After the global lockdown dealt a deathblow to the theater industry, Christopher Nolan's time-bending thriller Tenet was long touted as the magic cure for the industry's ailments due to low attendance. Unfortunately, the film's box-office earnings were not enough to provide cinema halls that much-needed financial boost. In an interview with the LA Times, Nolan explained his take on Tenet's financial performance.

"Warner Bros. released Tenet, and I'm thrilled that it has made almost $350 million. But I am worried that the studios are drawing the wrong conclusions from our release - that rather than looking at where the film has worked well and how that can provide them with much needed revenue, they're looking at where it hasn't lived up to pre-[lockdown] expectations and will start using that as an excuse to make exhibition take all the losses from the [global emergency] instead of getting in the game and adapting - or rebuilding our business, in other words."
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So it seems Christopher Nolan was prepared for Tenet to make less money at the box office than his previous movies based on the unique challenges 2020 has thrown up against the operation of cinema halls. His worries about studios learning the wrong lessons from Tenet's reduced performance are also quite valid.

As the filmmaker points out, the other studios are looking at the losses suffered by Warner Bros. when they released Tenet, and using that example as a reason to postpone the release of their own movies in theaters or go for an entirely video-on-demand streaming release strategy.

In the past also, Nolan has asked studios to shoulder some of the financial burden currently facing cinemas, a call that seems to have mostly fallen on deaf ears. There is a general consensus that the big screen experience is a dying industry. For his part, Nolan would like to see the conversation pivot from such a pessimistic outlook to asking how Hollywood can adapt to the new normal.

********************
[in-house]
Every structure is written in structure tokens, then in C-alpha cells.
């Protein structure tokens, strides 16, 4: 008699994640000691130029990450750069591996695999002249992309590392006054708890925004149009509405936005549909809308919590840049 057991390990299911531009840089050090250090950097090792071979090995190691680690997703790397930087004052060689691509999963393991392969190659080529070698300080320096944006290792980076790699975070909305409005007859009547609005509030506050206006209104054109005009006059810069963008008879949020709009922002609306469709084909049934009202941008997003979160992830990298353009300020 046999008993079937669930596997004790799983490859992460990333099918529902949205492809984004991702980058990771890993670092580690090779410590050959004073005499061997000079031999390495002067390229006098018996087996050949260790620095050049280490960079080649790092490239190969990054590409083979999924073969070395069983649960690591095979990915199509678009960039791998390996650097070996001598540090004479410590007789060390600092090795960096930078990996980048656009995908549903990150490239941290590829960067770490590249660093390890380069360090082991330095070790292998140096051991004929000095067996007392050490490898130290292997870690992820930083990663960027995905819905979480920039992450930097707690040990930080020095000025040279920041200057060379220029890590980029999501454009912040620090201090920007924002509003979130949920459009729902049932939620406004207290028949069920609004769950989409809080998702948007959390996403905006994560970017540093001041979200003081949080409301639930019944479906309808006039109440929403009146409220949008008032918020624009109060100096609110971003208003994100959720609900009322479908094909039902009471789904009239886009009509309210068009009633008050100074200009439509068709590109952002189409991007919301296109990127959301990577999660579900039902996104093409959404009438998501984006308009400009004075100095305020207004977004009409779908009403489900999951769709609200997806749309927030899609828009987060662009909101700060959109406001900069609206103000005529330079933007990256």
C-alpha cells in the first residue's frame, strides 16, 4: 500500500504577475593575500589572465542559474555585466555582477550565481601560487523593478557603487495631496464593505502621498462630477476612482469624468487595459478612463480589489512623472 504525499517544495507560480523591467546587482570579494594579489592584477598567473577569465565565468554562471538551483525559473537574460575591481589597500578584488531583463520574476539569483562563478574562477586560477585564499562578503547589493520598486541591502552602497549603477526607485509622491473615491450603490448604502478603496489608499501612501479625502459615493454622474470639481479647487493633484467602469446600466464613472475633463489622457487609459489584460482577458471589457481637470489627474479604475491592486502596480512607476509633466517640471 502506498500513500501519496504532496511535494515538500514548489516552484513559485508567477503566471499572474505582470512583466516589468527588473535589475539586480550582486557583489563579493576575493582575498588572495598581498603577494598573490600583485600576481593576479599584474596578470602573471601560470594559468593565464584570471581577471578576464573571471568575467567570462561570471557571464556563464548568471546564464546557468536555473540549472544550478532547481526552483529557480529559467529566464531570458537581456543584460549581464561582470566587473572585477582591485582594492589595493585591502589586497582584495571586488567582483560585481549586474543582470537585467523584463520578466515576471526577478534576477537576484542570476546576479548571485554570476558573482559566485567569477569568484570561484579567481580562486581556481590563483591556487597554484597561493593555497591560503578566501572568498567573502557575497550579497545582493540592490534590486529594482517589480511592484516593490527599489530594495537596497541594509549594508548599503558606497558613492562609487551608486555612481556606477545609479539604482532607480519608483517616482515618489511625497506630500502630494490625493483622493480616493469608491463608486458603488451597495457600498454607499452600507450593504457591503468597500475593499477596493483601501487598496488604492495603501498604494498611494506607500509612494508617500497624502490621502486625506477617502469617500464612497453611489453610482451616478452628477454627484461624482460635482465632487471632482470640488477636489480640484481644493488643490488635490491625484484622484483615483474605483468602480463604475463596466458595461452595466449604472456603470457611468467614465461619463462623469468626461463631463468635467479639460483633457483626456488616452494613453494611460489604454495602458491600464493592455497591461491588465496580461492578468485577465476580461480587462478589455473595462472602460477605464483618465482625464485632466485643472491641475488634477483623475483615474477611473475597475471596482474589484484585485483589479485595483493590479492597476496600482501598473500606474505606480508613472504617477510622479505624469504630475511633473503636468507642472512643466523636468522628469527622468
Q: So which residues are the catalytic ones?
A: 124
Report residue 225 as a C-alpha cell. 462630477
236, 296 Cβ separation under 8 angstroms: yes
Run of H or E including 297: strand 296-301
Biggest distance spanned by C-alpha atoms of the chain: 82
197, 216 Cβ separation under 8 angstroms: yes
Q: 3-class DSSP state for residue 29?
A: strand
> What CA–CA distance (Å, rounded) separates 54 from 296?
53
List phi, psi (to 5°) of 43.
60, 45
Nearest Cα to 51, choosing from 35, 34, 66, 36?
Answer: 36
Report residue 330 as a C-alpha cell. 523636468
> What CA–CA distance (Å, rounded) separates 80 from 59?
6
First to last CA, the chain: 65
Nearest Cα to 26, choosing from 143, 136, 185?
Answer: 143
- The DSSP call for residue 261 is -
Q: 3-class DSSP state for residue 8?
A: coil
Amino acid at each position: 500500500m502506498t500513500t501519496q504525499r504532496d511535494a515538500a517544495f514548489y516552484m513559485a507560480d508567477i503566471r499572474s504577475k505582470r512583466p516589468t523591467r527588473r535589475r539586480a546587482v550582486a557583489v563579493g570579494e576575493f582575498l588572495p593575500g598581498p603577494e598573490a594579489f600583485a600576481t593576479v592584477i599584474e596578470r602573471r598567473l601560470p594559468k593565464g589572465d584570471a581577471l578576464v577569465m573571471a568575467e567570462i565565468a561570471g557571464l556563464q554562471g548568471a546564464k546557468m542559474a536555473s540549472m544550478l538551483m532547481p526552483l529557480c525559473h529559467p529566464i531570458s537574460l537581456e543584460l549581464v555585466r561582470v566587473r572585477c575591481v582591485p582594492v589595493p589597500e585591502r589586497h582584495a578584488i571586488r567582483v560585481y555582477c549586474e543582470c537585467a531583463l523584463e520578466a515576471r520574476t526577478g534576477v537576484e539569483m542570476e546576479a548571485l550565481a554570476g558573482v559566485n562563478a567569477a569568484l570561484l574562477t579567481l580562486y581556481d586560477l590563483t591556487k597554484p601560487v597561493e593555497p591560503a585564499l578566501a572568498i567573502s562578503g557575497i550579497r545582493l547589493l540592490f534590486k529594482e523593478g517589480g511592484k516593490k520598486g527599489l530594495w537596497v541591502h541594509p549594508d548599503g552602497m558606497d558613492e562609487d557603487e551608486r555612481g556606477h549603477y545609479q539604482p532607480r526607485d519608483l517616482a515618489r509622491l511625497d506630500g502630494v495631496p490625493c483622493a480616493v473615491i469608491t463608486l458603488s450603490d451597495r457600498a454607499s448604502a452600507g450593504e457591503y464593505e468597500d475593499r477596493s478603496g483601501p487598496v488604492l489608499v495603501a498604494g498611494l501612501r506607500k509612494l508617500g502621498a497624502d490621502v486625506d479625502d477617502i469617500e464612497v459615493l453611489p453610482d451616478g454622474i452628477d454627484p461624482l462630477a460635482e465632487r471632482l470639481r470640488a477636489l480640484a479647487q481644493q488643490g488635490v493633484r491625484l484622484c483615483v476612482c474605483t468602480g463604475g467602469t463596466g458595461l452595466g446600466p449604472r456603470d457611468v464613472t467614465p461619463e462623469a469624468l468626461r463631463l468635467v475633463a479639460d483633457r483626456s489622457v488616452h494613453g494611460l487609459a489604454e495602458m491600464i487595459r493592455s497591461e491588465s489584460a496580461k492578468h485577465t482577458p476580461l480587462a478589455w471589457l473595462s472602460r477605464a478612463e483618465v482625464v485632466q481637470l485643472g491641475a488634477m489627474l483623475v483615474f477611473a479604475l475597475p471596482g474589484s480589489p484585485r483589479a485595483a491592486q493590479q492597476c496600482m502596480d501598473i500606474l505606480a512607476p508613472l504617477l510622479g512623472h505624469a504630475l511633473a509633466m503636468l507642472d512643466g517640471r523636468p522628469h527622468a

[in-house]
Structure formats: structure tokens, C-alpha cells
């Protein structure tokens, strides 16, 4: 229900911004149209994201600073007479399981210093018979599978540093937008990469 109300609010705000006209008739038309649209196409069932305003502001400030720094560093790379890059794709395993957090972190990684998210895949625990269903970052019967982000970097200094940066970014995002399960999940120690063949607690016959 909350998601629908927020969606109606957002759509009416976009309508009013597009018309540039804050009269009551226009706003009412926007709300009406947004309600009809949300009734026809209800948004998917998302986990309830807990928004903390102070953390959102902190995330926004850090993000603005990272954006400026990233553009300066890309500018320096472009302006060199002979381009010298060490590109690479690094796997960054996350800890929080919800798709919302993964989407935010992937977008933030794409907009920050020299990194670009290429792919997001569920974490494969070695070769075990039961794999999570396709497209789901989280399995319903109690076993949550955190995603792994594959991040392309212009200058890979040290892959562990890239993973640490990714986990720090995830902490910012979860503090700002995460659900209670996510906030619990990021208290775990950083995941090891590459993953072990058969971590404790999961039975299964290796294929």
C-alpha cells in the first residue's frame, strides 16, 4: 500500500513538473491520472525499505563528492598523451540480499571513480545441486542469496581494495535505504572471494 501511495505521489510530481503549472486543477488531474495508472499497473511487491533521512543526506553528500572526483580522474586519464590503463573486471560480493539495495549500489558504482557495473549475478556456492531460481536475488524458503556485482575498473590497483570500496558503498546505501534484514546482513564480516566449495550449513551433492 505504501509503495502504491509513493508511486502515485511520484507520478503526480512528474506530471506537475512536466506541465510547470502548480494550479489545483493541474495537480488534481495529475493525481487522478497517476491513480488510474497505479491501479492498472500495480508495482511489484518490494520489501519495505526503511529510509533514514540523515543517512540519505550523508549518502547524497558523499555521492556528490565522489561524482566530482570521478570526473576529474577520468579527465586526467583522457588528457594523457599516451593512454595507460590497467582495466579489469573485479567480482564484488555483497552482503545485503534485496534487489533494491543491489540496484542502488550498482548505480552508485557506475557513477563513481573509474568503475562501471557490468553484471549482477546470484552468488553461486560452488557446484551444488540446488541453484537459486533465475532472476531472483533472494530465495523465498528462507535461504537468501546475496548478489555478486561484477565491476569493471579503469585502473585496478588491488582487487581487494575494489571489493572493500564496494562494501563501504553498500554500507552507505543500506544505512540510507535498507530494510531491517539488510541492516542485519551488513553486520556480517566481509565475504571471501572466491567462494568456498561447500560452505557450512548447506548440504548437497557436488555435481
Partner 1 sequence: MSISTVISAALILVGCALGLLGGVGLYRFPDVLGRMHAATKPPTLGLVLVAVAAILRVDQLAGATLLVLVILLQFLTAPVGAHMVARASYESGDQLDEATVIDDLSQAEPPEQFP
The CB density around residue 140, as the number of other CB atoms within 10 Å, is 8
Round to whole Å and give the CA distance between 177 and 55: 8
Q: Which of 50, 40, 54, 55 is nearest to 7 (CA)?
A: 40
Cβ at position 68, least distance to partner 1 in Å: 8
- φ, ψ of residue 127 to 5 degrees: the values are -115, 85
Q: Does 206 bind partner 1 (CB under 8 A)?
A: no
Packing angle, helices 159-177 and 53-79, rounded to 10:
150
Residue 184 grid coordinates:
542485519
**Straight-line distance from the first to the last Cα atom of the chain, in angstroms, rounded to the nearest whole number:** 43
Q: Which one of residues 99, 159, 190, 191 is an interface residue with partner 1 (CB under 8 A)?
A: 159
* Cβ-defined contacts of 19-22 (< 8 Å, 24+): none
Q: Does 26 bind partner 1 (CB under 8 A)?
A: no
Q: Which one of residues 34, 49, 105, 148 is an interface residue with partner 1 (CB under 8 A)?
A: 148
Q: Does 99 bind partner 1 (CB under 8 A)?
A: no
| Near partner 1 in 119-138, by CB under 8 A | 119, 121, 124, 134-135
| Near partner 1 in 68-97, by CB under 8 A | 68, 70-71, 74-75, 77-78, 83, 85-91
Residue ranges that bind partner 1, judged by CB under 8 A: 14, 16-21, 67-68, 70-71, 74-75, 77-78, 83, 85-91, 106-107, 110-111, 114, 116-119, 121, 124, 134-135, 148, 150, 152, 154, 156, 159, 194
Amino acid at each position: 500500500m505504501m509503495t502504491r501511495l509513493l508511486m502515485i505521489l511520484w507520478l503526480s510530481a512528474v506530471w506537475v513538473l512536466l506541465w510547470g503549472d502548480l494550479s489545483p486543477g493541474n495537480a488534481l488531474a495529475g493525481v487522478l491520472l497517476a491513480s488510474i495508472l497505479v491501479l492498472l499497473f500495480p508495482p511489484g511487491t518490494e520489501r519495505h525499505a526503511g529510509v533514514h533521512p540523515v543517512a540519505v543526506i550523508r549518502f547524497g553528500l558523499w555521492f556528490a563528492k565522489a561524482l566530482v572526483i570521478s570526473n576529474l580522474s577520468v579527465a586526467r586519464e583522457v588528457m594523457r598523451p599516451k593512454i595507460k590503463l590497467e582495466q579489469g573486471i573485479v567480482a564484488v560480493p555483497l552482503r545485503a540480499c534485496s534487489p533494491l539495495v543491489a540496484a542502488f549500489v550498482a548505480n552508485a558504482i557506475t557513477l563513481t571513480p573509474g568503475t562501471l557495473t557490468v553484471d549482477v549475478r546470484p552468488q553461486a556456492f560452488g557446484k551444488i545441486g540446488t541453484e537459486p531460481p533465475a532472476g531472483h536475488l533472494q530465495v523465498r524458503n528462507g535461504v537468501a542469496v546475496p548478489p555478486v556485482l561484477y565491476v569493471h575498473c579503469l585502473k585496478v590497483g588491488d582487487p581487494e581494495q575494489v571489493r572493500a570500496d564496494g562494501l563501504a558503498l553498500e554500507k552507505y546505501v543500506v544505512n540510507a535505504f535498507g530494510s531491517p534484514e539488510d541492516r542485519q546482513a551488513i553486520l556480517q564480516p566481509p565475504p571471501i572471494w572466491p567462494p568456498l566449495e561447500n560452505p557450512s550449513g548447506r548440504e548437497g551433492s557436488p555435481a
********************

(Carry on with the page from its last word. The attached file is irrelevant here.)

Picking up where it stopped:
"If you're talking about the acceleration of existing trends[with regards to cinema halls], that's something I started reading right at the beginning... It ignores the reality that 2019 was the biggest year for theatrical films in history. They'd made the most money. The admissions were huge. So to me, it's much more about: What's the new reality we're living in?"

Only time will tell if the entertainment industry heeds Nolan's call, and rallies behind movie theaters. For now, the filmmaker appears to be at peace with the role that Tenet has played at the global box office, and fairly confident that 2020 will not be the year that spells the death of cinemas.

Written and directed by Christopher Nolan, Tenet features John David Washington, Robert Pattinson, Elizabeth Debicki, Kenneth Branagh, Dimple Kapadia, Martin Donovan, Aaron Taylor-Johnson, Himesh Patel, Clémence Poésy, Denzil Smith, and Michael Caine. The film tells the adventures of a band of time-inverting secret agents tasked with preventing armageddon. Tenet is now playing in theaters overseas and in select U.S. cities. This story comes to us from L.A. Times.

Neeraj Chand